Extend of my previous work. Consider *stochastically TCP-friendliness* that defined as:

where $\pi$ denotes the control for UDP traffic and $X$ are the rates of a set of sessions; $U$ is a set of utility function and the comparison $\le$ is component-wise to the vector $X$.

If $U$ is defined as the set of all increasing functions ($U=st$), then the stochastic ordering $X^\textrm{TCP} \le_{st} X^\pi$ is the usual stochastic order, which means

The protocol in this paper, TCP-Friendly CBR-Like Rate Control or TFCBR, is not to apply admission control but to smooth the rate of sending to a longer time scale, say, minutes. There are two parameters in this scheme, namely, $\alpha$ the fraction of TCP rate to send by the TFCBR; and $\beta$ the time constant. The protocol checks TCP rate for previous $\beta$ seconds using equation and adapt to the $\alpha$ of that rate. Thus it is like a moving average and it claims that, by appropriately adjusting the parameters, it can be stochastically TCP-friendly.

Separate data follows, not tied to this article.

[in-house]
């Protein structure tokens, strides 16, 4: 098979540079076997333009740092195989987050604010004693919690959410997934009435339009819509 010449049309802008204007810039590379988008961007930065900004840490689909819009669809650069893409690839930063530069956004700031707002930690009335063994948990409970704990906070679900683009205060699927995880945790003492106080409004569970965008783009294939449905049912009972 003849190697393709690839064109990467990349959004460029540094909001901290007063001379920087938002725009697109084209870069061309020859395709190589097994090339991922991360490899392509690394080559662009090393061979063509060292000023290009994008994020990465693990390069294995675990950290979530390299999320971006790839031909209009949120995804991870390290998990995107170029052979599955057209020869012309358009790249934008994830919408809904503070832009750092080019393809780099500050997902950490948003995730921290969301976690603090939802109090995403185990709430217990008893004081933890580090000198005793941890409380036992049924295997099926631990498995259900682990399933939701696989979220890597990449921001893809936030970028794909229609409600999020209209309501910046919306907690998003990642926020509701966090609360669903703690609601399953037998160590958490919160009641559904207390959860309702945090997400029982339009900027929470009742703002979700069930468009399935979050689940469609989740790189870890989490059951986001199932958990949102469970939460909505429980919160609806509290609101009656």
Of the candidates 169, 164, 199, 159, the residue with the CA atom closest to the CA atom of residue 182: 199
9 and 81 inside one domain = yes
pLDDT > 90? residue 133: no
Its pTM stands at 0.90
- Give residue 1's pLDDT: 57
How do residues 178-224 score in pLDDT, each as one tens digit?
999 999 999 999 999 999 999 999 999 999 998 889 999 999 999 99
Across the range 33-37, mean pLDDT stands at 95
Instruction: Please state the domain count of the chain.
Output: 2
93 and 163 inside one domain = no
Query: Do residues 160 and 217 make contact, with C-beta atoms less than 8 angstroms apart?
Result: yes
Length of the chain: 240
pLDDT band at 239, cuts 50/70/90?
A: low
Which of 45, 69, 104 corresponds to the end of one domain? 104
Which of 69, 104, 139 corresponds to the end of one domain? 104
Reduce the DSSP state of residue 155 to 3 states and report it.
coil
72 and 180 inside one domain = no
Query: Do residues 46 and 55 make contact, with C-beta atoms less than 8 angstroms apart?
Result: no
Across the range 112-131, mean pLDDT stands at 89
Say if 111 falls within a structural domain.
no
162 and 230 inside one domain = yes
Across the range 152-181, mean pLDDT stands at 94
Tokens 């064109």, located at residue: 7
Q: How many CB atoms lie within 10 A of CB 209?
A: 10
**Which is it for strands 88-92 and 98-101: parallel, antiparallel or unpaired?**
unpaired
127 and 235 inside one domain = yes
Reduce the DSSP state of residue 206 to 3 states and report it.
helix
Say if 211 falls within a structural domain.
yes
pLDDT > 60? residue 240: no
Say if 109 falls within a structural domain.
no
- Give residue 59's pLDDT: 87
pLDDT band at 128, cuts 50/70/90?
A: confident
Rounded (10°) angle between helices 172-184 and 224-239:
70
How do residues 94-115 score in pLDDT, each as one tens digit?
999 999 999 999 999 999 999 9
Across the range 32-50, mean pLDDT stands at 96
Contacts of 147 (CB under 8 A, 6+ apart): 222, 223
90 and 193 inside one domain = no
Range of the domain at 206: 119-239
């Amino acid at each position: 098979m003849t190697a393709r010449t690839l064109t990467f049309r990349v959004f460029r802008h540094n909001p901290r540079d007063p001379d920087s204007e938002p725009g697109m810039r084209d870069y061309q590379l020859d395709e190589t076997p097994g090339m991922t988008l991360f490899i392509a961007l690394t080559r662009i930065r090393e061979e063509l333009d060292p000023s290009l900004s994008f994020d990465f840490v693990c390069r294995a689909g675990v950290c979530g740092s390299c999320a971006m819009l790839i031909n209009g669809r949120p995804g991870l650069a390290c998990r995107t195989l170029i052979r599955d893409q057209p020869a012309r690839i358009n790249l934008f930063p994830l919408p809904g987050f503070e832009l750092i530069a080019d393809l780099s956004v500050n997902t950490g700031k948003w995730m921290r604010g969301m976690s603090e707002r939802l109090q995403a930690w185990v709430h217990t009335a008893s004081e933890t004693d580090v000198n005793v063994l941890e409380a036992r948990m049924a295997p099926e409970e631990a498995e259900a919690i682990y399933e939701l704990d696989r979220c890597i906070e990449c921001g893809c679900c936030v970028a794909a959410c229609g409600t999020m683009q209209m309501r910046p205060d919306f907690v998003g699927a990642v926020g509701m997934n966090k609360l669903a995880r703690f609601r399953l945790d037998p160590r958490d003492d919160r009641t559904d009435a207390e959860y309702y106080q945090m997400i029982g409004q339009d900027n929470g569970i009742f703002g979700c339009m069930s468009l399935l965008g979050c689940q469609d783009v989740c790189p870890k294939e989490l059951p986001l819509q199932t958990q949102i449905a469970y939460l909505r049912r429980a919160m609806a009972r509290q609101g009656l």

The paper also points out, $\alpha$ cannot be greater than 1 or otherwise it is not TCP-friendly at all.

## Bibliographic data

```
@inproceedings{
title = "TCP-Friendly CBR-Like Rate Control",
author = "Feng and Xu",
booktitle = "Proc ICNP",
year = "2008",
}
```